Laminin was clearly present in the luminal surface of the adenomatoid structures and in the lighter eosinophilic intercellular deposits, either focal or linear, which is compatible with the surface of the reduced enamel epithelium during the protective stage of amelogenesis. Nevertheless, in our REE samples, laminin was not detected in the epithelial surface, probably because the REE in the samples are associated to dentigerous cyst, which would modify its expression. Type IV collagen was restricted to the interface between tumor epithelium and stroma. Nagatsuka, et al.12 (2002) obtained analogous results with a1(IV)/a2(IV) and a5(IV)/a6(IV) polypeptide chains of type IV collagen. Nevertheless, the authors believed that some cells of AOT (cribriform areas) would resemble dental lamina (primitive cells), while others would be histodifferentially more mature (secretory phase of odontogenesis), due to a4(IV) chain expression had ocurred on the cribriform areas and hyaline materials.

PCNA results in the REE were as expected, with expression restrict to the basal or suprabasal cells or cells scattered in areas in which subepithelial inflammation was present. In the AOT, PCNA revealed that the cells in the spindled areas and in the peripheral cords were the most proliferative, which could suggest that those sites would be responsible for the tumoral growth. We could justify the absence of the typical adenomatoid structures in the solid nodules forming sheets because they could have disappeared for having been gradually compressed by the tumoral mass as it evolved. The large adenomatoid structures, resulting from the circular (tridimensional, "tubular") configuration of the columnar cells and cylindrical superficial cells of the REE due to its hamartomatous growth, would be formed in recent tumors, right from their onset. They would gradually decrease, however, due to compression of the tumoral mass as it grew. The specific PCNA cell labelling in the AOTs, not present in the flat and stellate cells among the spindled areas, helped to rule out a neoplastic nature for the tumor.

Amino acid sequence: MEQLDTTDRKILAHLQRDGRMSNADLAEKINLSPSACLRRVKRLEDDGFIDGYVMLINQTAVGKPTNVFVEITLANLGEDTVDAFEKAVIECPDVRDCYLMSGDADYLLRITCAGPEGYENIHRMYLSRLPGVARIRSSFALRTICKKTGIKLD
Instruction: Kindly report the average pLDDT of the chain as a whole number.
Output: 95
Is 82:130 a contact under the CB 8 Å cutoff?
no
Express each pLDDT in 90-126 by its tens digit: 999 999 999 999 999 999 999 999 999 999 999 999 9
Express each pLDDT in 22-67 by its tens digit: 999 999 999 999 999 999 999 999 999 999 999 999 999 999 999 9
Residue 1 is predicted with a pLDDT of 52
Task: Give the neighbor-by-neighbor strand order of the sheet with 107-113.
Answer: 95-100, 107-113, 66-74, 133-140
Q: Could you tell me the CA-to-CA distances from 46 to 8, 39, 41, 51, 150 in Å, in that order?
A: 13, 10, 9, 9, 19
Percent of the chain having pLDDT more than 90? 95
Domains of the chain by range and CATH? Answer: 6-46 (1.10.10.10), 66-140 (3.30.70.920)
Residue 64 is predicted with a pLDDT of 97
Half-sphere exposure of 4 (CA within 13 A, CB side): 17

As far as the extrafollicular variant, we agree with Philipsen, et al.16 (1992) concerning the possibility of a tooth erupting through the AOT. The hamartomatous lesion would start at the REE and occasionally would not hinder dental eruption. We would also emphasize that the AOT could remain intraosseous or peripheral in the jaw bones, depending on the spatial position of the tumor and associated tooth. In deeper impacted teeth, there would be more possibility of TOA to be intraosseous follicular or extrafollicular (in the case of tooth eruption) lesion. In tooth impactions next to the alveolar ridge, the tumor could occasionally involve the gingiva during or after the eruption process, which would justify the peripheral variant.